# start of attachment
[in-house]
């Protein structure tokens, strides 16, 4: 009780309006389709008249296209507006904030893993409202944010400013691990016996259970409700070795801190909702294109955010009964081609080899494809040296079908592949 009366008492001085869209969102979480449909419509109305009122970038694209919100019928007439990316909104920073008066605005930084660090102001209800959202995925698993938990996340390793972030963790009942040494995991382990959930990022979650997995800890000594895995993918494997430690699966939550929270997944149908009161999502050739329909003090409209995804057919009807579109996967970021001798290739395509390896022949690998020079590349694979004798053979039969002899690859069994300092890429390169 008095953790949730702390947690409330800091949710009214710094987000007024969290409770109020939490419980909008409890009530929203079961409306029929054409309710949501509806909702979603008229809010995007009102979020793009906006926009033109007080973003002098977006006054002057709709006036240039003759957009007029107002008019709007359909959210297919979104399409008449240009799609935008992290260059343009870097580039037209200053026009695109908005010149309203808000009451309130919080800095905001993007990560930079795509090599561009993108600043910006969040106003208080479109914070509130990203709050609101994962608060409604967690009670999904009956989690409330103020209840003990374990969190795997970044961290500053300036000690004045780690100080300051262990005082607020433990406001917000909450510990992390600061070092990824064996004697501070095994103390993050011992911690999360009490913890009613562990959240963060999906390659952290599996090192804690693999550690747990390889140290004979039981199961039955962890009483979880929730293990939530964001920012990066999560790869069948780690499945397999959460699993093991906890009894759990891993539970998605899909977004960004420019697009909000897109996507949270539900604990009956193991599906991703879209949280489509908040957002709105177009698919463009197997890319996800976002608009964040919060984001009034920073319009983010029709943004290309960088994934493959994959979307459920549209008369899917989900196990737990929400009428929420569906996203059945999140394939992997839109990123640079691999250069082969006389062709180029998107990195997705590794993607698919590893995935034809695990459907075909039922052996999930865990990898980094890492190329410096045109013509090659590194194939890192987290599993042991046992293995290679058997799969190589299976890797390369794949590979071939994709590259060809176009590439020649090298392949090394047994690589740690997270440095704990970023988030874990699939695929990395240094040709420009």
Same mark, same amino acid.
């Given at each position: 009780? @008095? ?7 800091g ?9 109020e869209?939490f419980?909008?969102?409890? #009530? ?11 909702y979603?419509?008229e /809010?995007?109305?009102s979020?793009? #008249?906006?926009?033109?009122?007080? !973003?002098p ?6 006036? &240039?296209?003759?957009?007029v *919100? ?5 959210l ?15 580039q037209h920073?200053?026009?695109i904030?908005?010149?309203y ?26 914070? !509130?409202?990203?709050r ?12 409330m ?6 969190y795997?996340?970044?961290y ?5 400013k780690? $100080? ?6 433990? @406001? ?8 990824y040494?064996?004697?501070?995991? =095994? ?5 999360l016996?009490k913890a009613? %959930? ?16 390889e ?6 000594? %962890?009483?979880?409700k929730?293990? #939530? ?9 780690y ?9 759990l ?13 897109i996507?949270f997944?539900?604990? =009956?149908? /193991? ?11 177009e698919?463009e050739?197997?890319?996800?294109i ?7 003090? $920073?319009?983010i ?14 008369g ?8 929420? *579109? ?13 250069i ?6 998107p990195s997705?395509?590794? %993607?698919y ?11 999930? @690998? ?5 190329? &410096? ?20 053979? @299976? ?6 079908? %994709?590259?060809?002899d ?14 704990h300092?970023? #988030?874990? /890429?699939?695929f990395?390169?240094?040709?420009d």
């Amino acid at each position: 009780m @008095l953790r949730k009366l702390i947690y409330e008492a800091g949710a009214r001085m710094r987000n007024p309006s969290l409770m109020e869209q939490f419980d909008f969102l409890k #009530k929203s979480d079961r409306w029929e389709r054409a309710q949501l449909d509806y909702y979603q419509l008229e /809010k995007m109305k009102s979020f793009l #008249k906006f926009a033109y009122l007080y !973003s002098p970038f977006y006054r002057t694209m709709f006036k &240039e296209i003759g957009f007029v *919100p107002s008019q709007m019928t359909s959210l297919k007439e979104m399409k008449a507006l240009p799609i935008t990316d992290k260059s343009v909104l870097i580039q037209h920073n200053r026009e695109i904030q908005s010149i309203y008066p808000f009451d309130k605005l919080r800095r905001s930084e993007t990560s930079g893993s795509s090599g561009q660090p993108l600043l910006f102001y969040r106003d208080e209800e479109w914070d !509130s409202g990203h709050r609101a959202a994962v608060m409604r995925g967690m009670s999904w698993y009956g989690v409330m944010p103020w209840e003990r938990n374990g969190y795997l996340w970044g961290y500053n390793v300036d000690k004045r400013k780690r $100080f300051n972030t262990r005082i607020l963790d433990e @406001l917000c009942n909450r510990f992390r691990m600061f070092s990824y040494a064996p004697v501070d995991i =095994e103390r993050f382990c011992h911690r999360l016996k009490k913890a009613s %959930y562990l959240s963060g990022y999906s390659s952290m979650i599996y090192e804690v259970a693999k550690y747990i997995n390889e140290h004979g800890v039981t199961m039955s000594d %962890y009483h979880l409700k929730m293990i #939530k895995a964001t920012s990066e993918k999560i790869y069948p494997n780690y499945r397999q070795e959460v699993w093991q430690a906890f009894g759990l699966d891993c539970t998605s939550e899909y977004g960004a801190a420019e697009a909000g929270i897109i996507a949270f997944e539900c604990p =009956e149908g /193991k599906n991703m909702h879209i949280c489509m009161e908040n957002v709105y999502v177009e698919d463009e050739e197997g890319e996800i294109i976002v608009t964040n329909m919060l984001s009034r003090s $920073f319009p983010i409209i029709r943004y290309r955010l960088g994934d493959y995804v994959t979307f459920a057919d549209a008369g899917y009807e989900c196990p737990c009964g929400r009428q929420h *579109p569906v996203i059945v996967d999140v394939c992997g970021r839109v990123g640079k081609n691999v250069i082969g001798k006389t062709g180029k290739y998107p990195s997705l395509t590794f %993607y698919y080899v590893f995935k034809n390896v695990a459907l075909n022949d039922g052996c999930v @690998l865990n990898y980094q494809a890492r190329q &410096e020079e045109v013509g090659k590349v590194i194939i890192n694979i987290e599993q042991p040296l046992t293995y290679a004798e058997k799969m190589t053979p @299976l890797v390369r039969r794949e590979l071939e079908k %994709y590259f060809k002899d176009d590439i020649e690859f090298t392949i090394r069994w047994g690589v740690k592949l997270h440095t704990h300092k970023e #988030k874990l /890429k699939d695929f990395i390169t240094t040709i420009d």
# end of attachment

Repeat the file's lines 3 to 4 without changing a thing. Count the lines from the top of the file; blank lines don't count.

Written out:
Same mark, same amino acid.
């Given at each position: 009780? @008095? ?7 800091g ?9 109020e869209?939490f419980?909008?969102?409890? #009530? ?11 909702y979603?419509?008229e /809010?995007?109305?009102s979020?793009? #008249?906006?926009?033109?009122?007080? !973003?002098p ?6 006036? &240039?296209?003759?957009?007029v *919100? ?5 959210l ?15 580039q037209h920073?200053?026009?695109i904030?908005?010149?309203y ?26 914070? !509130?409202?990203?709050r ?12 409330m ?6 969190y795997?996340?970044?961290y ?5 400013k780690? $100080? ?6 433990? @406001? ?8 990824y040494?064996?004697?501070?995991? =095994? ?5 999360l016996?009490k913890a009613? %959930? ?16 390889e ?6 000594? %962890?009483?979880?409700k929730?293990? #939530? ?9 780690y ?9 759990l ?13 897109i996507?949270f997944?539900?604990? =009956?149908? /193991? ?11 177009e698919?463009e050739?197997?890319?996800?294109i ?7 003090? $920073?319009?983010i ?14 008369g ?8 929420? *579109? ?13 250069i ?6 998107p990195s997705?395509?590794? %993607?698919y ?11 999930? @690998? ?5 190329? &410096? ?20 053979? @299976? ?6 079908? %994709?590259?060809?002899d ?14 704990h300092?970023? #988030?874990? /890429?699939?695929f990395?390169?240094?040709?420009d």